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'Carl's Date' Review: Sweet and Funny
The latest Pixar short accompanies 'Elemental,' now in theaters.
Now In Theaters: In 2009, Up made me cry the quickest than any movie had ever made me cry.
The first 10 minutes of the film, directed by Pete Docter, served as a prelude, telling the story of a romance between Carl and Ellie, from the time they first met until Ellie dies, in a wordless montage of moments that touched my heart. The cranky but gentle at heart Carl somewhat reminded me of my own father -- at least, the 'gentle at heart' side -- after my mother died. Carl ends up going on an unexpected adventure.
The story picks up with Carl in his late 70s, voiced by Ed Asner, then 80 years of age. This too vibed with my own life, in that I first saw Asner as cranky but gentle at heart Lou Grant in The Mary Tyler Moore Show. and enjoyed him later in his own spin-off show. As I widened out in my viewing habits and caught up with his earlier work, I appreciated his juicy role in El Dorado.
Ed Asner died in August 2021. Shortly thereafter, Disney Plus premiered Dug Days, a series of five short films featuring Dug, voiced by Bob Peterson, who voiced the character in the original film, which he co-wrote. Peterson created, wrote and directed the series, which remains available to stream on Disney Plus.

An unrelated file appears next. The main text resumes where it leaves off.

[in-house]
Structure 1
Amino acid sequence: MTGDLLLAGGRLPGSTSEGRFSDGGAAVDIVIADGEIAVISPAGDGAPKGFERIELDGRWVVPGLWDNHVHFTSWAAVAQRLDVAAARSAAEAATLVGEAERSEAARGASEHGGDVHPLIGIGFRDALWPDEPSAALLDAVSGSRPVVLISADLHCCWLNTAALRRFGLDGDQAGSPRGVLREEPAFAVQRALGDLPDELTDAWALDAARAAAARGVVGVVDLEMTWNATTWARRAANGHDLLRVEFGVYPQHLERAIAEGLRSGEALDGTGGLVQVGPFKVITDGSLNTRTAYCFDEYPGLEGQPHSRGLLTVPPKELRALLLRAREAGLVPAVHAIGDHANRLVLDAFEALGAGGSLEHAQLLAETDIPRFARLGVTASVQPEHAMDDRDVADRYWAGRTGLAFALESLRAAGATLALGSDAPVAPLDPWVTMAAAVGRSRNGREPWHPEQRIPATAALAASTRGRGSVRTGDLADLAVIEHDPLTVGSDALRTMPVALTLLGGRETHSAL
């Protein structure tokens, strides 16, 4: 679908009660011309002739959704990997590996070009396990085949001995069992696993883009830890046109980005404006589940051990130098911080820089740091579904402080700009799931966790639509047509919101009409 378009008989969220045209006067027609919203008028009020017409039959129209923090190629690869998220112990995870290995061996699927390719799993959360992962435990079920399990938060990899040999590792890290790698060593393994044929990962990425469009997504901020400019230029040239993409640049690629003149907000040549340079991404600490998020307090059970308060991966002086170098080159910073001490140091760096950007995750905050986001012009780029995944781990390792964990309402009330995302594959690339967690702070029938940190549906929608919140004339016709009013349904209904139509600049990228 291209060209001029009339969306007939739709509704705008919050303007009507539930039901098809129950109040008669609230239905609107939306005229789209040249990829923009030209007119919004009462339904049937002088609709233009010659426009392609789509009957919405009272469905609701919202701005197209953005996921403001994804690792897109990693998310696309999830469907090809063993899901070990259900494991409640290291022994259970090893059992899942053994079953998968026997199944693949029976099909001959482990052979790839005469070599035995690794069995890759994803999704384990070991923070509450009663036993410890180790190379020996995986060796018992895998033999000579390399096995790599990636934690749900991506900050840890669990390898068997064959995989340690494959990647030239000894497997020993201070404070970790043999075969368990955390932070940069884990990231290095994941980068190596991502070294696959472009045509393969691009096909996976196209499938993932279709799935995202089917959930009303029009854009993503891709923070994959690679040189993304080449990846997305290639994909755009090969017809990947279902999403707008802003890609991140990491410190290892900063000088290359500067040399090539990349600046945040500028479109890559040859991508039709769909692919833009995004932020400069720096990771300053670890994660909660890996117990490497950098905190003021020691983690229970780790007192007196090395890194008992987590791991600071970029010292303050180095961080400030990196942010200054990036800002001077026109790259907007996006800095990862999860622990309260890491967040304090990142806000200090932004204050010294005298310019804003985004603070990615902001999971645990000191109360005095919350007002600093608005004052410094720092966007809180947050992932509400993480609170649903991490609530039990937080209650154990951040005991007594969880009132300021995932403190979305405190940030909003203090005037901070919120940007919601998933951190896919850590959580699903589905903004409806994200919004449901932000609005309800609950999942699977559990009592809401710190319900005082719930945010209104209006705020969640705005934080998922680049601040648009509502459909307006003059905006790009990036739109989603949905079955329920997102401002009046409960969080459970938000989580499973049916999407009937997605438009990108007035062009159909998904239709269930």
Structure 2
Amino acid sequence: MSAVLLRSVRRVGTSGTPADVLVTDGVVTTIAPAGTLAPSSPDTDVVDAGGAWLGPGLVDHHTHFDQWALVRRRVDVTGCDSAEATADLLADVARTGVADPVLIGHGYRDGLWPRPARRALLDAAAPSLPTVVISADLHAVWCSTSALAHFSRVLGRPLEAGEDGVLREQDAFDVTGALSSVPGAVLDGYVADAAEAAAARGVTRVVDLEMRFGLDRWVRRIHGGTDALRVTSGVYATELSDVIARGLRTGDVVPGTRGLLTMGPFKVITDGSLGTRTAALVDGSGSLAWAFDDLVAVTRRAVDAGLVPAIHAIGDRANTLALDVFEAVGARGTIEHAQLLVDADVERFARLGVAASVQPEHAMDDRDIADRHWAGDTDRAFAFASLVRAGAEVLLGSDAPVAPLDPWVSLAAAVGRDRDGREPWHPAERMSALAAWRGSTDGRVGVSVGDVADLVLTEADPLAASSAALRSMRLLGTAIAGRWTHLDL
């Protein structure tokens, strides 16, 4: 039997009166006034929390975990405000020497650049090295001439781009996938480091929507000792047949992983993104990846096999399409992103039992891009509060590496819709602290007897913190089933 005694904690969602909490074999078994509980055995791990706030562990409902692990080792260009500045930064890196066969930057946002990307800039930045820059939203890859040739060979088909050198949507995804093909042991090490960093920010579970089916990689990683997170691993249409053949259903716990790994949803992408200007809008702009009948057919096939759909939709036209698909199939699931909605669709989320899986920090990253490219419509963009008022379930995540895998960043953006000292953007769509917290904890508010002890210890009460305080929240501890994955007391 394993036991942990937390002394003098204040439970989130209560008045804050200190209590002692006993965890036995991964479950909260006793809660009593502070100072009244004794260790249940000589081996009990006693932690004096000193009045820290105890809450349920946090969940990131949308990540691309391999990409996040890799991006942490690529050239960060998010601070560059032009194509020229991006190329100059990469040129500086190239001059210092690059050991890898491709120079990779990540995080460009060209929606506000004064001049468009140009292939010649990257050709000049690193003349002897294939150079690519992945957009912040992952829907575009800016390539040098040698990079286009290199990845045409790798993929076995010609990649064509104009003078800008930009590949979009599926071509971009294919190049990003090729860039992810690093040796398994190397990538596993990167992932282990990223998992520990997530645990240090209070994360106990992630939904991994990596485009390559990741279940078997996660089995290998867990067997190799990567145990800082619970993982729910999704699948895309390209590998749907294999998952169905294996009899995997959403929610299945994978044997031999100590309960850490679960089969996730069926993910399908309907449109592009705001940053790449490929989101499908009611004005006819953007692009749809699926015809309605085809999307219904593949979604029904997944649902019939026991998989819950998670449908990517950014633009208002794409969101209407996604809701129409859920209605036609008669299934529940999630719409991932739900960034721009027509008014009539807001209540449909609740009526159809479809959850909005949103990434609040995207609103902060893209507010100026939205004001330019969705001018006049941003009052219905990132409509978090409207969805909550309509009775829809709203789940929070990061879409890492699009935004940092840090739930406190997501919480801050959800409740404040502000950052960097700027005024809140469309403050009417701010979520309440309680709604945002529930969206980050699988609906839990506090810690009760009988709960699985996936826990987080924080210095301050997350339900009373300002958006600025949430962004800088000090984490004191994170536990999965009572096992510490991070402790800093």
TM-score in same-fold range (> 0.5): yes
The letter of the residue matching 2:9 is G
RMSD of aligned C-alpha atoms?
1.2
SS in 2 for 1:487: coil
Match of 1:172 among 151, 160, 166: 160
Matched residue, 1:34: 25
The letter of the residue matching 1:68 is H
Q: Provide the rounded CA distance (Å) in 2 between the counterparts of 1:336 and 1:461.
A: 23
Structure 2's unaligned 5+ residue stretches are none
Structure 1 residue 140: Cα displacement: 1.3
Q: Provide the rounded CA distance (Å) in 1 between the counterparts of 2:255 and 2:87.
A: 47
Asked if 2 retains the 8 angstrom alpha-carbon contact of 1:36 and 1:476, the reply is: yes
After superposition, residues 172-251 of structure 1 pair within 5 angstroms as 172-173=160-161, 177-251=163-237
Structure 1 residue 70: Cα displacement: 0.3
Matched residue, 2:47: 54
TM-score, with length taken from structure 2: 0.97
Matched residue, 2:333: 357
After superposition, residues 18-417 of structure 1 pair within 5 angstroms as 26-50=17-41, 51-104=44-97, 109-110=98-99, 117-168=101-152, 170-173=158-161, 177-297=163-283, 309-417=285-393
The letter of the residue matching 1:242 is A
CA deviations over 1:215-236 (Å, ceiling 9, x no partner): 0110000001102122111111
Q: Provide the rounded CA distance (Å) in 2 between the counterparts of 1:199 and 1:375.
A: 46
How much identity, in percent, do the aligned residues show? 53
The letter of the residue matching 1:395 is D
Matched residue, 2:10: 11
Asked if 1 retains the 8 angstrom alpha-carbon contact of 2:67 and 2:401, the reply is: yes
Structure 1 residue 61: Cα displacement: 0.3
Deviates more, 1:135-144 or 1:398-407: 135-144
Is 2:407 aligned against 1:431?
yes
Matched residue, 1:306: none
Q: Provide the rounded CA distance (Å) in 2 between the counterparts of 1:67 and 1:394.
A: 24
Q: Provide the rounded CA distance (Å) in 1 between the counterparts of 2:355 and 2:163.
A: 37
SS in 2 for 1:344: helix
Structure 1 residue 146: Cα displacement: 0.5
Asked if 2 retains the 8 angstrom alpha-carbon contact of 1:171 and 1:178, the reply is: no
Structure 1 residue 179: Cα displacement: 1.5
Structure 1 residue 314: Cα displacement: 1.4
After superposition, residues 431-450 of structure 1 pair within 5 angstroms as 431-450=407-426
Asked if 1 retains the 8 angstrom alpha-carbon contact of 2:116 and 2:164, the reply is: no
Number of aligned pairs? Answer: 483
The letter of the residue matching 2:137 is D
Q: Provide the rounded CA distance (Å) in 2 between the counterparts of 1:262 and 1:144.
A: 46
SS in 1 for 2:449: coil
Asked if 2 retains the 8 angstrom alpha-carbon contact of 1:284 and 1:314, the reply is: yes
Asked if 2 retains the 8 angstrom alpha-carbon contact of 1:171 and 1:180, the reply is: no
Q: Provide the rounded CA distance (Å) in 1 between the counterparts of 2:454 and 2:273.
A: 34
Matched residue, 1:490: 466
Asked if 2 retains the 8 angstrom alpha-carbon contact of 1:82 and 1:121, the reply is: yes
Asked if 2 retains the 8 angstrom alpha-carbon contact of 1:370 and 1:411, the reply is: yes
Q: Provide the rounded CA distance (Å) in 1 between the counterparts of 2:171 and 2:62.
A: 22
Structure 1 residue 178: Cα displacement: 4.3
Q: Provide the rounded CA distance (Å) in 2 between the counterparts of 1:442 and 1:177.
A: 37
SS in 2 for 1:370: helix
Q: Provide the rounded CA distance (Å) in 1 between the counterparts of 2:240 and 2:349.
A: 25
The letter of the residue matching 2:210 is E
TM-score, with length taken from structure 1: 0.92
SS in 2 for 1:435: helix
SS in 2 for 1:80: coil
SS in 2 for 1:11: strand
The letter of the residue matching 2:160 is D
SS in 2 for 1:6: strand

The five shorts are playful and silly, following the antics of Dug, with Carl appearing as a supporting character to Dug. Watching so soon after Asner died brought back a wave of melancholy memories, even though the shorts themselves are nothing but joyful fun.
Carl's Date is different, in that it returns the focus to Carl as he commits to his first date since his beloved Ellie died. Mostly, it fits easily into the mood of the series, with the emphasis on light-hearted fun, a merry melody, if you will.
Yet it also carries the emotional weight of knowing that the actor who voiced Carl died soon after recording the role. Combine that with the short's premise that the surviving spouse must decide how to spend the remainder of his life: to endeavor to form another bond, one that will surely be shorter-lived than the decades-long relationship he previously enjoyed, or to remain alone.
It's a very personal choice, of course, and everyone will make their own decisions about how to live their remaining years. Even so, it resonates beyond the slightness of the story and the silly tone. Carl's Date is well worth watching, on a big screen if you can, and is a good appetizer for Elemental, which has not fared as well as might be hoped during its initial theatrical release, perhaps because it's not based on an instantly-familiar intellectual property and doesn't feature any well-known stars in any of its voice roles.
No matter. Both Carl's Date and Elemental are good reasons to go out to a movie theater with your family and friends.